I know that the varinfo() function will give the size of all objects in memory. This can be quite slow to execute, and will at times fail on certain objects, making the whole function hang. Is there a way to get the size in memory of a specific object, similar to the sys.getsizeof() function in Python?

2 Answers 2


varinfo() accepts regular expressions to match object names, so you can use something like

x = rand(100, 100)

to get info on x. For the size in bytes use


EDIT: Originally this answer recommended whos(), however as @Plankalkül mentions whos() has been renamed to varinfo(), the answer was updated accordingly.

  • 2
    This was renamed to varinfo() in Julia 1.0 Sep 13, 2018 at 10:10
  • Does this work for nested lists, nested dictionaries etc.? Does it work for instances of user classes? Mar 1, 2021 at 14:55

You can use the sizeof function:

help?> sizeof
search: sizeof


  The number of bytes in string s.


  Size, in bytes, of the canonical binary representation of the given DataType T, if any.

julia> x = rand(100, 100);

julia> sizeof(x)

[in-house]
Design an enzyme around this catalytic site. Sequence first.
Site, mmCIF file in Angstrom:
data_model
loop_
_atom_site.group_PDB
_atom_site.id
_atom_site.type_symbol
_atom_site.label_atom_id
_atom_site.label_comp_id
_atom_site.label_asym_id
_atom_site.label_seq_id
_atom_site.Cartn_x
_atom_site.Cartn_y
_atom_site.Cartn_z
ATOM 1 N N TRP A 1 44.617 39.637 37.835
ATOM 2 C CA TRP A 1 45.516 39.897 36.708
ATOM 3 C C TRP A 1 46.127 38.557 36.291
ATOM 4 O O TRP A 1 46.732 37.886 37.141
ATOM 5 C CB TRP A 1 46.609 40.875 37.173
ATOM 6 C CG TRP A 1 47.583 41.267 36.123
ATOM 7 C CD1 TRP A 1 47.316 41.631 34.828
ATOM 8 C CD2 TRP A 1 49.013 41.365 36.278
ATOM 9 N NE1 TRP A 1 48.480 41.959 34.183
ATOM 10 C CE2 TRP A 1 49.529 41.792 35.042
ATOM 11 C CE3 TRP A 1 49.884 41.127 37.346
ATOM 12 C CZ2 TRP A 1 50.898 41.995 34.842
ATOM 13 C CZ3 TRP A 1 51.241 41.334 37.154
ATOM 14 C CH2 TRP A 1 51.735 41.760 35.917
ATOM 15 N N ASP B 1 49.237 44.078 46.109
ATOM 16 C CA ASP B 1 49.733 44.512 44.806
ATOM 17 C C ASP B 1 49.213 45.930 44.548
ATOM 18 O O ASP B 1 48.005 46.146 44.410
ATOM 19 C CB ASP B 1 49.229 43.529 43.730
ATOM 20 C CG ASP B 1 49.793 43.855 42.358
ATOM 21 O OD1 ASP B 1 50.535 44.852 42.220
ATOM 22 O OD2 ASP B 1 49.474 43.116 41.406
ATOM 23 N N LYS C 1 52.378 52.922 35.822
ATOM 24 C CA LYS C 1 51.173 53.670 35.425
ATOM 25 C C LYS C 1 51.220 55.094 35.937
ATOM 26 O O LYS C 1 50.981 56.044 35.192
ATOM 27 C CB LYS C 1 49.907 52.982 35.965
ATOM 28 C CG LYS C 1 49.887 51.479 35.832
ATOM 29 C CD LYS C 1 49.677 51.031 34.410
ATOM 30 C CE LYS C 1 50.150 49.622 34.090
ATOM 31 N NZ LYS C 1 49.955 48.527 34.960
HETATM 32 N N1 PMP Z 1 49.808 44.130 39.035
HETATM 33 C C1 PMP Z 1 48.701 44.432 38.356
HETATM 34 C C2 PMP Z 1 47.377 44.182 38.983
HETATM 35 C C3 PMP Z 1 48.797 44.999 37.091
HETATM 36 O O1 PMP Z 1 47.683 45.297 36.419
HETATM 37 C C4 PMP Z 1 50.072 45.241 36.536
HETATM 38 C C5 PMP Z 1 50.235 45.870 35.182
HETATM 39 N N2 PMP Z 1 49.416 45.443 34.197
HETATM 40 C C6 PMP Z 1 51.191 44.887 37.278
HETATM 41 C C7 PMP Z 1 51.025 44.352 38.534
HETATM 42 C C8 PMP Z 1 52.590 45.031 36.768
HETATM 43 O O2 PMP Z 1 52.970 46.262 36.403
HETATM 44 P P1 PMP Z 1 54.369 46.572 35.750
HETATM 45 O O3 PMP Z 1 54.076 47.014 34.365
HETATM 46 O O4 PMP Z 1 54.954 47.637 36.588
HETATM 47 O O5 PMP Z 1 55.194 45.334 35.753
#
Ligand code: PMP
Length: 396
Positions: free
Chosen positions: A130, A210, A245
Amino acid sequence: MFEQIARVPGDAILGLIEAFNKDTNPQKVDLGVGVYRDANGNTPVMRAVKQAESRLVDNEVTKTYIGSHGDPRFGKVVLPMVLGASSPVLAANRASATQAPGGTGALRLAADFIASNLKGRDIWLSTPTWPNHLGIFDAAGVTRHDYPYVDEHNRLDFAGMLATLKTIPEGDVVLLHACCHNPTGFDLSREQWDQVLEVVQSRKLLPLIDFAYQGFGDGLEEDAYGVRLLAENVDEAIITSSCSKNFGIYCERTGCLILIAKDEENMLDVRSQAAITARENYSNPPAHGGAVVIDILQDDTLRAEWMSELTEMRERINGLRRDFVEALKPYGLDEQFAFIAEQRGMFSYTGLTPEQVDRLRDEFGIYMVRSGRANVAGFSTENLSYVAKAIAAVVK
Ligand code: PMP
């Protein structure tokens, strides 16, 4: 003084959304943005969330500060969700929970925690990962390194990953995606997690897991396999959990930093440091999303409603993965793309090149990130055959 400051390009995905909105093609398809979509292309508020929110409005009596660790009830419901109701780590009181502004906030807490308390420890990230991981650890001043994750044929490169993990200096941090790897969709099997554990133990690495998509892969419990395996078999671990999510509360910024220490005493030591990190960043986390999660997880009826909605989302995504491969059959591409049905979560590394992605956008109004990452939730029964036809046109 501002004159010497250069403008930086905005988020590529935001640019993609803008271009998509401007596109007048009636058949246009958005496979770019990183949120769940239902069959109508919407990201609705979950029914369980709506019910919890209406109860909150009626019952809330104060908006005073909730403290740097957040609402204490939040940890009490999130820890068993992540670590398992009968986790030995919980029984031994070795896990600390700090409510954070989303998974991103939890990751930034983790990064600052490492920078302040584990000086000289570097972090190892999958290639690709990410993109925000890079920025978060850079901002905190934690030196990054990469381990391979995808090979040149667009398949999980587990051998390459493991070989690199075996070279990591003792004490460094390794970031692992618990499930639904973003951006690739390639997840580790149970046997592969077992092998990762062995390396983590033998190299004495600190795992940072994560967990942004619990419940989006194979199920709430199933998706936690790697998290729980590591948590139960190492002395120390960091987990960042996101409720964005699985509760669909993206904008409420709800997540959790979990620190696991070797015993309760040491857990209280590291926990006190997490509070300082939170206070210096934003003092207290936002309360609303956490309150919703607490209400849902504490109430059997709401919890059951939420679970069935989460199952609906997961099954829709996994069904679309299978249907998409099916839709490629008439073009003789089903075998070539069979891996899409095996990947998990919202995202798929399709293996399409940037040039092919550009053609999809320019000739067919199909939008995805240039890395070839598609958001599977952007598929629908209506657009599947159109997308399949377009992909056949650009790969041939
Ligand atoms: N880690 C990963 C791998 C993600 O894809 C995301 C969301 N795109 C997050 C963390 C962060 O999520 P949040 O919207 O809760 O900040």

• 3
    that was unexpected, x is neither a string or a type.
    – amrods
    Feb 1, 2016 at 15:35
  • 2
    Yes unexpected indeed if one reads only the description, you could open a PR or issue to the docs, in order to add this if you want, I can't do it right now, but will try to do so some other time, should be fairly easy to do. Feb 1, 2016 at 16:00
  • 1
    Perhaps it should read sizeof(x) \n Size, in bytes, of the canonical binary representation of the x object for this method sizeof(x) at essentials.jl:87 Feb 1, 2016 at 16:02
  • 4
    It also appears that there are a number of object types that sizeof does not work for (I had tried it previously before asking the question, but should have mentioned it in my text). For instance, I have a sparse matrix stored as Data. From that, I get these two different results: Base.summarysize(Data) ## 483747752 ; sizeof(Data) ## 40 Feb 1, 2016 at 16:36
  • 3
    @aireties sizeof gives the size of an object, while summarysize sums the size of an object as well as its fields recursively. Data contains some references to its fields which are not bit types, so sizeof only counts the pointer sizes, rather than the actually data size.
    – colinfang
    Mar 2, 2016 at 11:59

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